Last friday I noticed my modem/router (an actiontec GT704-WG) was acting strange. It's port-forwarding wasn't working as it should anymore, all in all, it seemed it's NAT was completely broken.
The next morning I walk up to the computer, and notice the Internet isn't working at all anymore. - I look at the modem, and it has it's status light solid red. (Not good,- the manual sais that when the red status light remains solid, there is a hardware or firmware problem.) I tried rebooting it, unplugging it, plugging it back in, anything I could think of, It wouldn't boot up, and the web interface wasn't accessible anymore.
At that point anyone else would have trashed the thing and bought a new one, but since I don't have a tree growing $100 bills, and also, since I didn't have anything better to do with my internet being down, I was a bit more persistent.
After lots of fiddling and trying, I noticed that my computer would get an IP about 2 seconds after I power on the router, and lose it again about 5 seconds later. This ip was 192.168.0.127.
I thought that was kind of strange, and interesting, so I set a static IP and disabled dhcp on my network settings, and i tried probing some ports during that 5 second window, and found out there was an FTP server accessible!
The ftp server announced itself as 'adam2'. My router's name isn't Adam, and I don't know anyone named Adam, so I went to a friends house to borrow their internet and do some googling. It turns out this is the routers bootloader, which gives you a 5 second window after startup to upload firmware.
$ ftp 192.168.0.1
Connected to 192.168.0.1.
220 ADAM2 FTP Server ready.
That was great news! It ment two things:
1) My router wasn't fubar.
2) I was able to try something that might fix it: replace/repair the firmware
Of course, It wasn't that easy. The Adam2 boot loader defines a set of environment variables to define the memory range of several partitions. (A kernel, file system, boot loader, boot loader settings, and some unknown partition labeled from mtd0 through mtd4) And the original firmware image of the manifacturer (Actiontec) is just one image file, not 2 or 5 image files. I tried splitting the image in several parts using the partition layout memory address numbers in the boot loader, but that didn't seem to work. I could upload the firmware but it wouldn't boot.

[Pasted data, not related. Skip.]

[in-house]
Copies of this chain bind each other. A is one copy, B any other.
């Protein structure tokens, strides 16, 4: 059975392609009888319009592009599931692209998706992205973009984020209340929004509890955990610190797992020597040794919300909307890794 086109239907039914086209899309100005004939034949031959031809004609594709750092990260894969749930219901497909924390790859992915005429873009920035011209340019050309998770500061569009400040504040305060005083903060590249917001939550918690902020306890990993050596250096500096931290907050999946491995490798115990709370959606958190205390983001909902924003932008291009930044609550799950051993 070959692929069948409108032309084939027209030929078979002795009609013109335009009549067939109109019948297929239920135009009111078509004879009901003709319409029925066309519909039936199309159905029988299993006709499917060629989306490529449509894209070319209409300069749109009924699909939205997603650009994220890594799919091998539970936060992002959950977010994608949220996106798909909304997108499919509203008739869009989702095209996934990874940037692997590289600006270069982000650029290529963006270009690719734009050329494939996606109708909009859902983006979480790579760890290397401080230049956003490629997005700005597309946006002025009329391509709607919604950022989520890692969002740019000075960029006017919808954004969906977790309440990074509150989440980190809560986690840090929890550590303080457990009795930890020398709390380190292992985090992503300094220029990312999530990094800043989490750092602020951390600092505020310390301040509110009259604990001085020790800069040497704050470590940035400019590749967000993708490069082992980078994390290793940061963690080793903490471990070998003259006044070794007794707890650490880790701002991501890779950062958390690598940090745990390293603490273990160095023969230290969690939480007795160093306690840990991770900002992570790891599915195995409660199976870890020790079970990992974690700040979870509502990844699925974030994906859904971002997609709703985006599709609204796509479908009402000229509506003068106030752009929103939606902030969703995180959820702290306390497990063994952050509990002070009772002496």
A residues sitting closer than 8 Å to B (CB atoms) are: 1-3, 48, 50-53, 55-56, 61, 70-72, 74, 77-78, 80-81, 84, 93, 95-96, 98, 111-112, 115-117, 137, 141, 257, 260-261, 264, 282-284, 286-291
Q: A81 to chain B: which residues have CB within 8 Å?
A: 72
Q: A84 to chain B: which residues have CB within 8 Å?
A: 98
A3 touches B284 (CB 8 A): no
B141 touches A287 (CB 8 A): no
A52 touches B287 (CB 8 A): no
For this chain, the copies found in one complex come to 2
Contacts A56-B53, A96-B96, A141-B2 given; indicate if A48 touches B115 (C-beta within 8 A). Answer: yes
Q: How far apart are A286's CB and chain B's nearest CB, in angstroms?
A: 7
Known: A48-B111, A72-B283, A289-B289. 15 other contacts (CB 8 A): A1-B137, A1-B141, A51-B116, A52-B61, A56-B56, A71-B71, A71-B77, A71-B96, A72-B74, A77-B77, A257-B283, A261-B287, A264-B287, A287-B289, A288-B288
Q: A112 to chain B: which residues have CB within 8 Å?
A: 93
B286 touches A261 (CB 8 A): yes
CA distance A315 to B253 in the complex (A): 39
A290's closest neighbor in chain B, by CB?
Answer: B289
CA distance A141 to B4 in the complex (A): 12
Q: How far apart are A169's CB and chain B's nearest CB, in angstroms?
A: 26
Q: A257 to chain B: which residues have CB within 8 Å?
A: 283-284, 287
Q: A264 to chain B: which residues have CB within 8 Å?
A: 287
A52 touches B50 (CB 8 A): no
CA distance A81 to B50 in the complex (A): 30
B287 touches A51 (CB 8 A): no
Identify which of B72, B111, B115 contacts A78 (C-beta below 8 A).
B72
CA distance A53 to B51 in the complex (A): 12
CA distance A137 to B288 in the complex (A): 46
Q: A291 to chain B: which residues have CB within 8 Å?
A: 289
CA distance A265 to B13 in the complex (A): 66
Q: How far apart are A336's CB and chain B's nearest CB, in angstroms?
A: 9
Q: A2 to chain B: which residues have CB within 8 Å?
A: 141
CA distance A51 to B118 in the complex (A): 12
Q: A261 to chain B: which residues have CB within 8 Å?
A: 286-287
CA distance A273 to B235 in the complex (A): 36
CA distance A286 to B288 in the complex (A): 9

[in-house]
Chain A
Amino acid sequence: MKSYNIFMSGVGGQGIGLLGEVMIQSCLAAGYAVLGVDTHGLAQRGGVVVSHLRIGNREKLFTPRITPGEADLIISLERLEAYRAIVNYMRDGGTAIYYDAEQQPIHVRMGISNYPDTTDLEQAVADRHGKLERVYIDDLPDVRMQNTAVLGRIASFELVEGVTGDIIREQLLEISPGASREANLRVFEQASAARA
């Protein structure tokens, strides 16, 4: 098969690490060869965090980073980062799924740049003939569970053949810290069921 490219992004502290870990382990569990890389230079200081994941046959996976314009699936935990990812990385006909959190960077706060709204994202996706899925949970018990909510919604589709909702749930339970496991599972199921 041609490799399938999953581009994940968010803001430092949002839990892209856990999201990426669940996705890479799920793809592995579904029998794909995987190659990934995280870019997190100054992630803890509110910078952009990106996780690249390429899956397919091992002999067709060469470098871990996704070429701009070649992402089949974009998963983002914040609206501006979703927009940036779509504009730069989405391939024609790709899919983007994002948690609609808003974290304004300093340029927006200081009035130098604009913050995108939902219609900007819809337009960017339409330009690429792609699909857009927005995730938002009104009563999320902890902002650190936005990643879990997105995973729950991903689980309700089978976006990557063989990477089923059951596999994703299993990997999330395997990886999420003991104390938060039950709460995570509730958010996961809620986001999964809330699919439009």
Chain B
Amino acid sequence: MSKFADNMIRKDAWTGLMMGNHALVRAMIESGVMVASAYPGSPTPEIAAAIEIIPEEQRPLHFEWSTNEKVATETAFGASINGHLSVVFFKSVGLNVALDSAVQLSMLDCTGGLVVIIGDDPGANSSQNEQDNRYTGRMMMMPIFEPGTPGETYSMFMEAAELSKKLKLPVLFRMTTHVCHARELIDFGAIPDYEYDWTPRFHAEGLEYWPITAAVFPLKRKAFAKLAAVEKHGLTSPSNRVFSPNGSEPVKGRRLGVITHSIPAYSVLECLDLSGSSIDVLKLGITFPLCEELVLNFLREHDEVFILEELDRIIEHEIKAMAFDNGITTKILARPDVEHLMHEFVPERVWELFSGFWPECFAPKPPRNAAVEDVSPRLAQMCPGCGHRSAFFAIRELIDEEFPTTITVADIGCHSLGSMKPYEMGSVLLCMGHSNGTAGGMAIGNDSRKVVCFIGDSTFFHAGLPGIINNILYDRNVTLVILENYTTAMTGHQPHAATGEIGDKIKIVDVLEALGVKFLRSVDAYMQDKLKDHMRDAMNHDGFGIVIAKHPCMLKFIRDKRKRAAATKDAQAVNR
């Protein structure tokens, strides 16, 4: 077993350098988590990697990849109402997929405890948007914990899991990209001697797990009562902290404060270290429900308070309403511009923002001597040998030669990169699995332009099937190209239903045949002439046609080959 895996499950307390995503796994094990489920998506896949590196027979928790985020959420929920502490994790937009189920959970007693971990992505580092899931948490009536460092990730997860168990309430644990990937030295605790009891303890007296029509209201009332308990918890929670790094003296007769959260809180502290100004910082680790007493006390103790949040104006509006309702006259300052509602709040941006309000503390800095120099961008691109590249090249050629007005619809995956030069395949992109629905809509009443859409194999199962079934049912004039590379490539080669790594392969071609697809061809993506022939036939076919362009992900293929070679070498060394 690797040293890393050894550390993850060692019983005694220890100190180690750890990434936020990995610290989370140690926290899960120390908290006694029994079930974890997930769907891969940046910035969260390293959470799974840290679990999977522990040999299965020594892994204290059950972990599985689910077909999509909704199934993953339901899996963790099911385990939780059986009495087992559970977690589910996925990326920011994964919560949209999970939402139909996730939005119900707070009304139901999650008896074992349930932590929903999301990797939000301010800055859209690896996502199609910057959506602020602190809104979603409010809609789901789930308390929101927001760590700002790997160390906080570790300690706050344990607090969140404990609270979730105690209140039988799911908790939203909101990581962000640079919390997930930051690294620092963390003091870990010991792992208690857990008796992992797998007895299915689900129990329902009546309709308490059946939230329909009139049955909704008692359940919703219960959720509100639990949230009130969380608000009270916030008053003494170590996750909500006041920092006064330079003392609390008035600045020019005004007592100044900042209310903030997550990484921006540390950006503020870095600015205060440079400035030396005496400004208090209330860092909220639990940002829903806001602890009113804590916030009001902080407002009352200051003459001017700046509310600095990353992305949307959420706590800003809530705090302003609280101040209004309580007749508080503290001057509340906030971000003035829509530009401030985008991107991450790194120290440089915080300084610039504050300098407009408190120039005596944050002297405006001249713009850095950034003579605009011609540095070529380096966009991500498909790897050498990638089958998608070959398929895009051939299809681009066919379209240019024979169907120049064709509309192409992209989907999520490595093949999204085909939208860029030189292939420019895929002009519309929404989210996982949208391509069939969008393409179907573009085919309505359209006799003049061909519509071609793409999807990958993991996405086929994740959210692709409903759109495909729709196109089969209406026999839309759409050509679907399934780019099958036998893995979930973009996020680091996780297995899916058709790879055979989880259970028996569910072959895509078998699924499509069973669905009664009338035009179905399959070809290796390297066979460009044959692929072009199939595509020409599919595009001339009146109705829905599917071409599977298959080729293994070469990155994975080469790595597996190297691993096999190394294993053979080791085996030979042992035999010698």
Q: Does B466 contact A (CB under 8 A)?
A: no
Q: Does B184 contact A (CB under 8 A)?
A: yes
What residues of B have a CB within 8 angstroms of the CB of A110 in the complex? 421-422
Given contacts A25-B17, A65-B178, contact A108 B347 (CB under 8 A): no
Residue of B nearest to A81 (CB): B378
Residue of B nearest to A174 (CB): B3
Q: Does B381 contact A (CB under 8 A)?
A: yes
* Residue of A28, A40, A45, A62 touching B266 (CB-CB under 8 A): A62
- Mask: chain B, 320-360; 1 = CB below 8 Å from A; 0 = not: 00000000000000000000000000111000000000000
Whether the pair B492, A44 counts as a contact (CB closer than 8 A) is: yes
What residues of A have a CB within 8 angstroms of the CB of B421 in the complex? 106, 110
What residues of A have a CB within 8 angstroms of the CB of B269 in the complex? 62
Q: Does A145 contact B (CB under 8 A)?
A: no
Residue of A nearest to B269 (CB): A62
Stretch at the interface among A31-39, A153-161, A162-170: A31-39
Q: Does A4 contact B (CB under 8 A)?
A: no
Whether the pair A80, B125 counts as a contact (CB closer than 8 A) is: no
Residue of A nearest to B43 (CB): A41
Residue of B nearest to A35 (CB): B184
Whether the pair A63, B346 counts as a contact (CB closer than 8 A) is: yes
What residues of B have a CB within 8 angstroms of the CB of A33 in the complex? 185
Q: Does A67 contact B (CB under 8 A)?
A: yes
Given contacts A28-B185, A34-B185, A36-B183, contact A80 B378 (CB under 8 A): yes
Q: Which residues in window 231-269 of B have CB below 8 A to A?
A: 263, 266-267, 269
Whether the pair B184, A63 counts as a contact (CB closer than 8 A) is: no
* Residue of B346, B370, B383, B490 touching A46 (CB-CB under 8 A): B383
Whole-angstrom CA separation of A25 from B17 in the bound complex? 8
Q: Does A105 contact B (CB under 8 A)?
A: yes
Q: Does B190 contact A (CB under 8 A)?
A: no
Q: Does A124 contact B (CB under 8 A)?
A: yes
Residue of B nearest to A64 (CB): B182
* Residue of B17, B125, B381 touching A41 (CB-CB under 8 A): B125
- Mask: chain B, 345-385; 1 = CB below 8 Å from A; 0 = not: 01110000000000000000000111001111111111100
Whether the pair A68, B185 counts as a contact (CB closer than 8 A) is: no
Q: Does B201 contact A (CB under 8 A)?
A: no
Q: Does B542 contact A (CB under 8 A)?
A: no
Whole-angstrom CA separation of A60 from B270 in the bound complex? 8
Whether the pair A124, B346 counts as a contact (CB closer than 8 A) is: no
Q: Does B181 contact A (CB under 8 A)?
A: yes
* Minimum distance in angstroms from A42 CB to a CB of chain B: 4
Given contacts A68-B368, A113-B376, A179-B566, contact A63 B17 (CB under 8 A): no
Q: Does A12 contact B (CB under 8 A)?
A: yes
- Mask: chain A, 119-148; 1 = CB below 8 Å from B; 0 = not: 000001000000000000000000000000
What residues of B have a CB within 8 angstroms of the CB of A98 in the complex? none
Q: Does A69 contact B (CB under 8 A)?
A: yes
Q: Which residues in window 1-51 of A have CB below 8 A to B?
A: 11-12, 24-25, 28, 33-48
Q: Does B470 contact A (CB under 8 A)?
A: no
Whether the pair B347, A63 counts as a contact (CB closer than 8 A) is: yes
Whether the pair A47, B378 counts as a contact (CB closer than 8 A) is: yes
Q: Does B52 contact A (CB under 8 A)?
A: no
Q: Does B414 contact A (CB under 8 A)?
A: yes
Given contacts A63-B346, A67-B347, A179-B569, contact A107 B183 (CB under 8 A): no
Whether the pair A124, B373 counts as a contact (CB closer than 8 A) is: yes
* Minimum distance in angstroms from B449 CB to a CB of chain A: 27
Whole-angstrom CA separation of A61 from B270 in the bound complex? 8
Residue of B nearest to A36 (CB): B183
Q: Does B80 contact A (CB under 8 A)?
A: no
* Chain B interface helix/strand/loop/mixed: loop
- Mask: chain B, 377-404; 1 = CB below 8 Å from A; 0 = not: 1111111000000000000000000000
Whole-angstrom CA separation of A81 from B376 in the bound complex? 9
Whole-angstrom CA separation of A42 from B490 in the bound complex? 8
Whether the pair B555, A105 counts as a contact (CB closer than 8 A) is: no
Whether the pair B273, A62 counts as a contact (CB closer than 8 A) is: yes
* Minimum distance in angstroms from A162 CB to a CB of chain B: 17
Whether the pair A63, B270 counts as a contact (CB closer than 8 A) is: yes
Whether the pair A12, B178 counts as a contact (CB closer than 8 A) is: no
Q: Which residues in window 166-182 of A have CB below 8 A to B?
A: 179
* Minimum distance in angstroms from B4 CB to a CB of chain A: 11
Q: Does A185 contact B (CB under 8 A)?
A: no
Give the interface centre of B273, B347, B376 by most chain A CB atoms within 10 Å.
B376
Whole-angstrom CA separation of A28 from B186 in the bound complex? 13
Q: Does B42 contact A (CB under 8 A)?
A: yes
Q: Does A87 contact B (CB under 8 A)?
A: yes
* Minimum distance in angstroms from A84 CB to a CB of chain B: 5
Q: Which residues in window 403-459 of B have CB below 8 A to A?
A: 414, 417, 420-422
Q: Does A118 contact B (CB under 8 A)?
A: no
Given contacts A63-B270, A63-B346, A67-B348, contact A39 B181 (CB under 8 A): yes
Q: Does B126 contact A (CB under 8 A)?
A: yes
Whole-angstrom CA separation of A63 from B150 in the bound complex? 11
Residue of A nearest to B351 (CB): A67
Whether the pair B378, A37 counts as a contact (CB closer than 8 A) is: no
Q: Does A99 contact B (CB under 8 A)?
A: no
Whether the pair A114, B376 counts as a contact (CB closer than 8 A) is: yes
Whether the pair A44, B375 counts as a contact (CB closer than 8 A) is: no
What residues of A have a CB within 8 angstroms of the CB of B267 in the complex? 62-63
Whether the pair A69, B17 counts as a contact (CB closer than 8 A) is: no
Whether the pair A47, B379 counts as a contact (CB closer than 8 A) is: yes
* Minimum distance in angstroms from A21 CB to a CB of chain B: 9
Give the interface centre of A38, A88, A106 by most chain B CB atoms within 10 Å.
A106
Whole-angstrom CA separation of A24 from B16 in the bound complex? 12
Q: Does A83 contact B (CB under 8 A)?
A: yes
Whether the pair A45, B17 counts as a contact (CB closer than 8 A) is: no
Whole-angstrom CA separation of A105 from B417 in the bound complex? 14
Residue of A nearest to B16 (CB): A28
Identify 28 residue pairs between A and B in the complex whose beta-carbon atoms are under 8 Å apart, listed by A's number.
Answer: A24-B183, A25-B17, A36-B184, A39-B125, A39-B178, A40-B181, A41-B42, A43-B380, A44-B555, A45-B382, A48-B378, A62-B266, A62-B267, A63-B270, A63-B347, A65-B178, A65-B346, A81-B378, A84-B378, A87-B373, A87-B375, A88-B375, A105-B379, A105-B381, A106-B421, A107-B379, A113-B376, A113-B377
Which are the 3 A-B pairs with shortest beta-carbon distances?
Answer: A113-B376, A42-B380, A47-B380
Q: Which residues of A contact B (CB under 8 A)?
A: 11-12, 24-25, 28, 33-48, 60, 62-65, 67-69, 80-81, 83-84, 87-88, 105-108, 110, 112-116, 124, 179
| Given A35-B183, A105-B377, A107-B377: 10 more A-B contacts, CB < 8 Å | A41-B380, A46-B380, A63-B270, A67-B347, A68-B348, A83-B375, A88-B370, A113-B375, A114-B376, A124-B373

With no easy way to upload the firmware image of the manifacturer through the adam2 ftp interface, I was almost back at square one, but it just required some more persistense.
The OpenWRT project has a page on the Actiontec 701, which is appearantly a modem/router similar to mine (but without wireless).
On that same page
it has some information about the router, and it mentions the router uses the AR7 architecture.
It turns out D-Link has a router running on that very same architecture (the DSL-G604T) and unlike Actiontec, D-link provides a recovery utility to replace the firmware through the ftp interface, using ONE image file.
I ran the utility and it uploaded D-Link firmware to my actiontec modem, I figured, maybe the web-interface will work, if I'm lucky, and I can use that to upload the original Actiontec firmware, or just replace the d-link image with the actiontec one in the recovery utility.
It turned out I didn't even have to, because, appearantly, the D-Link software is running with no problems on my Actiontec router, eventhough it has completely different hardware. I can now get back on-line, use NAT and port forwarding, even wireless works. All features in the web-interface work etc,...
This D-Link software seems to have more features(see screenshot) in it's web-interface than I've ever seen in a modem/router; so why would I replace the original buggy and featureless actiontec firmware if the D-link firmware works just as well?
It turns out I was rather lucky the D-Link firmware even boots, since the device it was written for has at least twice as much memory as my Actiontec piece of junk.
The memory constraint had me worried, so I did a small stress test by calling on my VoIP while downloading stuff (probably not the best test one could do, it's not like p2p) and it worked fine. But at least now if I ever encounter problems I can revert back to the original firmware. (Though I'd like to avoid it if possible)
The original Actiontec firmware hasn't been maintained or updated since 2005 and it is full of bugs. One of the most annoying bugs is that it wants to log every dns-request without ever deleting/cycling the cache. When the memory is full, the firmware craches. Using any p2p app for 5 mins will do that. There is a temporary fix (by telnetting to the modem and disabling the caching), but it gets lost after reboot. So that's why I'd rather keep the D-Link firmware if I don't have any problems with it (so far so good)